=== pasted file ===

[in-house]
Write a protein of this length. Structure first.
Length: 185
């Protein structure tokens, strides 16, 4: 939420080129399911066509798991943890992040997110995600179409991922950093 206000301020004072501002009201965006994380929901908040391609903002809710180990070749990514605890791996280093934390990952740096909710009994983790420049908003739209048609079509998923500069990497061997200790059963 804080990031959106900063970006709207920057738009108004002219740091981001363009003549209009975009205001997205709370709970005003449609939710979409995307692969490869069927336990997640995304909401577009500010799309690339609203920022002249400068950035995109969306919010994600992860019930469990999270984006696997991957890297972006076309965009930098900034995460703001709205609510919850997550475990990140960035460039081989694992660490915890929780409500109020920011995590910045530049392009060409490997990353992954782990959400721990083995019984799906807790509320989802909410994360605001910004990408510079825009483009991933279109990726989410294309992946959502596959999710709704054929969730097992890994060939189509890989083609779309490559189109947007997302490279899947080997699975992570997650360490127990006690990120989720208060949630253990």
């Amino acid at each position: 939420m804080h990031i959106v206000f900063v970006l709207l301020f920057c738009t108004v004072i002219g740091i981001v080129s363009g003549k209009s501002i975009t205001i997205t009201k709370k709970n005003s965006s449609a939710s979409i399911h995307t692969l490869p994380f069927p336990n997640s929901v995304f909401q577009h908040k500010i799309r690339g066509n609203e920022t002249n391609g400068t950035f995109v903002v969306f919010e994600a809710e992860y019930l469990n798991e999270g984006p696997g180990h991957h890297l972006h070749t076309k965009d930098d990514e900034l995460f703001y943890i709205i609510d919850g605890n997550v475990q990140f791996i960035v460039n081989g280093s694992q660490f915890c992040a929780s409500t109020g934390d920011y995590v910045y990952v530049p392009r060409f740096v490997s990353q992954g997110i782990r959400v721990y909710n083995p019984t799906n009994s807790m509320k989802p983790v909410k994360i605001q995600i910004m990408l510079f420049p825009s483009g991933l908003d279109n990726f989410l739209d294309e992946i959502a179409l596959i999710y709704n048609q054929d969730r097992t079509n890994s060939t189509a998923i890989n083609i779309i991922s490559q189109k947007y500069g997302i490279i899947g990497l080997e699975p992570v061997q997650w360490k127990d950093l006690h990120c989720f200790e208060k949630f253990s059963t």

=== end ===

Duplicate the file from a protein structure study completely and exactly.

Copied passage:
[in-house]
Write a protein of this length. Structure first.
Length: 185
């Protein structure tokens, strides 16, 4: 939420080129399911066509798991943890992040997110995600179409991922950093 206000301020004072501002009201965006994380929901908040391609903002809710180990070749990514605890791996280093934390990952740096909710009994983790420049908003739209048609079509998923500069990497061997200790059963 804080990031959106900063970006709207920057738009108004002219740091981001363009003549209009975009205001997205709370709970005003449609939710979409995307692969490869069927336990997640995304909401577009500010799309690339609203920022002249400068950035995109969306919010994600992860019930469990999270984006696997991957890297972006076309965009930098900034995460703001709205609510919850997550475990990140960035460039081989694992660490915890929780409500109020920011995590910045530049392009060409490997990353992954782990959400721990083995019984799906807790509320989802909410994360605001910004990408510079825009483009991933279109990726989410294309992946959502596959999710709704054929969730097992890994060939189509890989083609779309490559189109947007997302490279899947080997699975992570997650360490127990006690990120989720208060949630253990």
């Amino acid at each position: 939420m804080h990031i959106v206000f900063v970006l709207l301020f920057c738009t108004v004072i002219g740091i981001v080129s363009g003549k209009s501002i975009t205001i997205t009201k709370k709970n005003s965006s449609a939710s979409i399911h995307t692969l490869p994380f069927p336990n997640s929901v995304f909401q577009h908040k500010i799309r690339g066509n609203e920022t002249n391609g400068t950035f995109v903002v969306f919010e994600a809710e992860y019930l469990n798991e999270g984006p696997g180990h991957h890297l972006h070749t076309k965009d930098d990514e900034l995460f703001y943890i709205i609510d919850g605890n997550v475990q990140f791996i960035v460039n081989g280093s694992q660490f915890c992040a929780s409500t109020g934390d920011y995590v910045y990952v530049p392009r060409f740096v490997s990353q992954g997110i782990r959400v721990y909710n083995p019984t799906n009994s807790m509320k989802p983790v909410k994360i605001q995600i910004m990408l510079f420049p825009s483009g991933l908003d279109n990726f989410l739209d294309e992946i959502a179409l596959i999710y709704n048609q054929d969730r097992t079509n890994s060939t189509a998923i890989n083609i779309i991922s490559q189109k947007y500069g997302i490279i899947g990497l080997e699975p992570v061997q997650w360490k127990d950093l006690h990120c989720f200790e208060k949630f253990s059963t």